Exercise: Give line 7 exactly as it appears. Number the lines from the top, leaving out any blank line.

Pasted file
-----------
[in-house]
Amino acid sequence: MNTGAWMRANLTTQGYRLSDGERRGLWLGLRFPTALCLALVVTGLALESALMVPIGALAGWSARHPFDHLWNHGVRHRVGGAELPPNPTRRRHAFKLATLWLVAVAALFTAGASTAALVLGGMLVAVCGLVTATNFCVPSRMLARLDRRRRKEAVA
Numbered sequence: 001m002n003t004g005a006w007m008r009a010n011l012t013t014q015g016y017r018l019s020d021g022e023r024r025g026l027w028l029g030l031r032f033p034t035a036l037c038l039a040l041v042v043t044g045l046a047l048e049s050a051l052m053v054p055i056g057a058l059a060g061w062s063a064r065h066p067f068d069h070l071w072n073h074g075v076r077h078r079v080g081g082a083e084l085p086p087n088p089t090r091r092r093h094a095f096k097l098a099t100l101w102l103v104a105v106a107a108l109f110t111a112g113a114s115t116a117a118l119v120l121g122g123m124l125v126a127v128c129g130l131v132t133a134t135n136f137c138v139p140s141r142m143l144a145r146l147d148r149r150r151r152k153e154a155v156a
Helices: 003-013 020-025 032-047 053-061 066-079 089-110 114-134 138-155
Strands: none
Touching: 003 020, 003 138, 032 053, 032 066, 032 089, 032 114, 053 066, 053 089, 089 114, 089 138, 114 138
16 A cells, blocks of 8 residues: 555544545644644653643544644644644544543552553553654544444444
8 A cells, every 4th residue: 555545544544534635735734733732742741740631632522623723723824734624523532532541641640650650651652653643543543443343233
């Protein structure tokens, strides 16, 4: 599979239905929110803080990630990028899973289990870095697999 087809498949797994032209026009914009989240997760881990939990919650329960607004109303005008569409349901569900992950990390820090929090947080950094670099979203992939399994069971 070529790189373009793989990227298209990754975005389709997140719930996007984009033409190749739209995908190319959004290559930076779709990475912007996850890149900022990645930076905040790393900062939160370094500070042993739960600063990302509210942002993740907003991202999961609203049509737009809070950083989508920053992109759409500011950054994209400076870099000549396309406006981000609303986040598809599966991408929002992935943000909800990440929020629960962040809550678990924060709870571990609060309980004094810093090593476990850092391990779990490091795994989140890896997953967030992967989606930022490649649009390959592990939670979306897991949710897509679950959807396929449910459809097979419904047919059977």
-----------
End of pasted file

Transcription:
16 A cells, blocks of 8 residues: 555544545644644653643544644644644544543552553553654544444444